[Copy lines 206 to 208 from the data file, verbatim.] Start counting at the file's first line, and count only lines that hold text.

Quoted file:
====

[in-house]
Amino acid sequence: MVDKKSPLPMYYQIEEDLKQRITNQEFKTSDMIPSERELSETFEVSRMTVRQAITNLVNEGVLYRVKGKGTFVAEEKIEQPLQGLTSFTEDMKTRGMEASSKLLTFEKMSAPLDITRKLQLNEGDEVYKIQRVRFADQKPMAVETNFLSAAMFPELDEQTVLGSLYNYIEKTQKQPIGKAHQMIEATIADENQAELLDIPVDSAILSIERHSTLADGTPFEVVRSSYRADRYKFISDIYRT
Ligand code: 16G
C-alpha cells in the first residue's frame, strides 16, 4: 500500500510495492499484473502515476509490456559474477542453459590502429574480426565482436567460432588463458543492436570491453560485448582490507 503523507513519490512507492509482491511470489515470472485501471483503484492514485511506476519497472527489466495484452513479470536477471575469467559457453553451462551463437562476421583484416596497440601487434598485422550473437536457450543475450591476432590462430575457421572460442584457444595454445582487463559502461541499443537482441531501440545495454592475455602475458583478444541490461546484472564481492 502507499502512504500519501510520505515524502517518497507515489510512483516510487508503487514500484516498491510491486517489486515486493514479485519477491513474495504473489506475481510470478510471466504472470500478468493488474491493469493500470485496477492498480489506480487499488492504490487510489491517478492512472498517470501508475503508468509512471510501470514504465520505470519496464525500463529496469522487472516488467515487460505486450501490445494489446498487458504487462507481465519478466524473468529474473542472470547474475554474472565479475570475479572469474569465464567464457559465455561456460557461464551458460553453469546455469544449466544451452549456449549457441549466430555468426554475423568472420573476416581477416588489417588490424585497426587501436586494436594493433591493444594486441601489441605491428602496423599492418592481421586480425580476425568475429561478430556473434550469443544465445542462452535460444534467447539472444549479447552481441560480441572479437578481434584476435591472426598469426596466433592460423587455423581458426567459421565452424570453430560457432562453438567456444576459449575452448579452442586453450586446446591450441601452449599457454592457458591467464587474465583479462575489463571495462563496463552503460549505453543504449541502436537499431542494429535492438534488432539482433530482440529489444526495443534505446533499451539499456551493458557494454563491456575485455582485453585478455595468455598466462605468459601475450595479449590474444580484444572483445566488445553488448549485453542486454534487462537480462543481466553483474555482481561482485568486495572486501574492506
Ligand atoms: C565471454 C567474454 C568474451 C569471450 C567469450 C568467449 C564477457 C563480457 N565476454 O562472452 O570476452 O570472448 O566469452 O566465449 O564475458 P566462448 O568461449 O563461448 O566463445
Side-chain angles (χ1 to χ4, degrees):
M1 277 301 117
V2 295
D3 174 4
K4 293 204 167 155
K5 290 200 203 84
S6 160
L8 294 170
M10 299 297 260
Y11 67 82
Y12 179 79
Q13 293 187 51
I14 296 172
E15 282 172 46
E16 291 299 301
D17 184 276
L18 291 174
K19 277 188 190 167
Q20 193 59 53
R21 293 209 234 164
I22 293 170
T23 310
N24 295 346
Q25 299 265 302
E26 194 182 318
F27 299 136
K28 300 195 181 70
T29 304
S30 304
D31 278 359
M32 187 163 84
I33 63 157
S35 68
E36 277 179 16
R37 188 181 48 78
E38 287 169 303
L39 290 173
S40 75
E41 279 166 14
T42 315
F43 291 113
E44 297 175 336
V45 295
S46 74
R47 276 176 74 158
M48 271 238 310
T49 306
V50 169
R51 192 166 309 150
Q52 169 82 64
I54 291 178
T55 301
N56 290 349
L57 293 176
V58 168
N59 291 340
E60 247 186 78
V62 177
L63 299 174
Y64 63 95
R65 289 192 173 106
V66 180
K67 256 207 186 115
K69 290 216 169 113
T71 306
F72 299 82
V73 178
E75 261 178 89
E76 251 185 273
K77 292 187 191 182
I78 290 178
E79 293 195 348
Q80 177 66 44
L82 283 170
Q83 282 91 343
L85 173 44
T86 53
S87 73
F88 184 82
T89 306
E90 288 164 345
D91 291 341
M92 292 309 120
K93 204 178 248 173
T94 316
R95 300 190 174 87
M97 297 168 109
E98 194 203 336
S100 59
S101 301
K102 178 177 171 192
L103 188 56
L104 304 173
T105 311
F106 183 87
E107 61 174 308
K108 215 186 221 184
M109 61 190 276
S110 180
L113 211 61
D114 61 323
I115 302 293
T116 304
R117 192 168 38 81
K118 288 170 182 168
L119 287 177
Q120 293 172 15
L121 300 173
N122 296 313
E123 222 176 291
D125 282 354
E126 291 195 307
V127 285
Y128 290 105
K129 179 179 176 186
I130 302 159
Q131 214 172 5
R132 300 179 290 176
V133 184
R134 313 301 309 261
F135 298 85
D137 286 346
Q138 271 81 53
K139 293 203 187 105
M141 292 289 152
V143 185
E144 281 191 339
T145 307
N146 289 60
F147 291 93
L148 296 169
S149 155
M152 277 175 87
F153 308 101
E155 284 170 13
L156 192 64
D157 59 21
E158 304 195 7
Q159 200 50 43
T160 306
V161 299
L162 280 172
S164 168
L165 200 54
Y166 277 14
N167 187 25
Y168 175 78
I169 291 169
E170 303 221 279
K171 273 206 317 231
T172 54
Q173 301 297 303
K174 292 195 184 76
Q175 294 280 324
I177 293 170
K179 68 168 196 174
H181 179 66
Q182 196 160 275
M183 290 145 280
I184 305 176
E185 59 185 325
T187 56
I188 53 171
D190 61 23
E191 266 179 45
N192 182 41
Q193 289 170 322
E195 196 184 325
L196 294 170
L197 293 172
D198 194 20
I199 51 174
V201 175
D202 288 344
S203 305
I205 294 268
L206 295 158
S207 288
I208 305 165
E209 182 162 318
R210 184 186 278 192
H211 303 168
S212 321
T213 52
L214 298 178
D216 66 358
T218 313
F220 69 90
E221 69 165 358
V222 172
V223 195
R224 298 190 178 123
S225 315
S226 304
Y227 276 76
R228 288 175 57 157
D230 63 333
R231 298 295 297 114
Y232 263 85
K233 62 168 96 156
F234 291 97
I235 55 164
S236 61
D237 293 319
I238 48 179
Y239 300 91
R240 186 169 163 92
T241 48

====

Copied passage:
F234 291 97
I235 55 164
S236 61